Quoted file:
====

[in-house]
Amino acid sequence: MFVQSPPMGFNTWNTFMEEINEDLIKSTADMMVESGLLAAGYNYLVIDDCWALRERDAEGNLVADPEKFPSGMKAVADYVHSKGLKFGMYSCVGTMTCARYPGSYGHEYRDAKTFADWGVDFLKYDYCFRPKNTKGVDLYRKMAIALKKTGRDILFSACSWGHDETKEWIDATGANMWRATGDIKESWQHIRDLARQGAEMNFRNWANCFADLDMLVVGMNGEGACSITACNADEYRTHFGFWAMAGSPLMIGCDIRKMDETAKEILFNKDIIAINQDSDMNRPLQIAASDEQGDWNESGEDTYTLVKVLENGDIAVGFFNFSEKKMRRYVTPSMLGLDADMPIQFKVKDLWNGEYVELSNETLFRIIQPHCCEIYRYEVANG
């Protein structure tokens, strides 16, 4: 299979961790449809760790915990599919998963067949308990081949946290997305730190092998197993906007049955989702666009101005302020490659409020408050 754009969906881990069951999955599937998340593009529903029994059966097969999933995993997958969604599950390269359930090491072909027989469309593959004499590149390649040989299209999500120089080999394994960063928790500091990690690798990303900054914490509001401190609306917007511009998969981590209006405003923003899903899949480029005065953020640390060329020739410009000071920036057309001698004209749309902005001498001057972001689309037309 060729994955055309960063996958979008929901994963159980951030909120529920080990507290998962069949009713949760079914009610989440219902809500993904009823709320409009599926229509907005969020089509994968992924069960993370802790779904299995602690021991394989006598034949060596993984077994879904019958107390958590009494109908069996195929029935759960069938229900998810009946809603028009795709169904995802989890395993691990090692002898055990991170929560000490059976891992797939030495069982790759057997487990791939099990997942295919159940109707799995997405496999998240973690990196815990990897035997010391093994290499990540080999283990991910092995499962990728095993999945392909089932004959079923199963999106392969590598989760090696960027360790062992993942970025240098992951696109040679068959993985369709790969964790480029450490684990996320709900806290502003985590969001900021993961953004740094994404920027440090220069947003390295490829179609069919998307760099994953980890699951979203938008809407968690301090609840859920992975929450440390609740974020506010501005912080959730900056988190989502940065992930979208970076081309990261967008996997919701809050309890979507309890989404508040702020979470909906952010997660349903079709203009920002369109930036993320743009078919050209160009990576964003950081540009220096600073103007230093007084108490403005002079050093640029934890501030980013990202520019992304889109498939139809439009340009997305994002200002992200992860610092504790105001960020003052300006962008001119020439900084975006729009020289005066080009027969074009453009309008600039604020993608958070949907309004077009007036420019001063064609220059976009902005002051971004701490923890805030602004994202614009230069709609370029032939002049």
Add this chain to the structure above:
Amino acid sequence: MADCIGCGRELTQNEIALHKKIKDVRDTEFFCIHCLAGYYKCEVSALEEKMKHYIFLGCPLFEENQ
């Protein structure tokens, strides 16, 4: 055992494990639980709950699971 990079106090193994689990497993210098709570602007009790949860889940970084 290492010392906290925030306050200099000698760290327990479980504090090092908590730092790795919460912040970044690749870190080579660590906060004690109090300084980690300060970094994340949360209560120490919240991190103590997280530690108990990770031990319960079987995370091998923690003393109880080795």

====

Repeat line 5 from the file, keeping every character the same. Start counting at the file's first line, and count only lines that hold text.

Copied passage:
Amino acid sequence: MADCIGCGRELTQNEIALHKKIKDVRDTEFFCIHCLAGYYKCEVSALEEKMKHYIFLGCPLFEENQ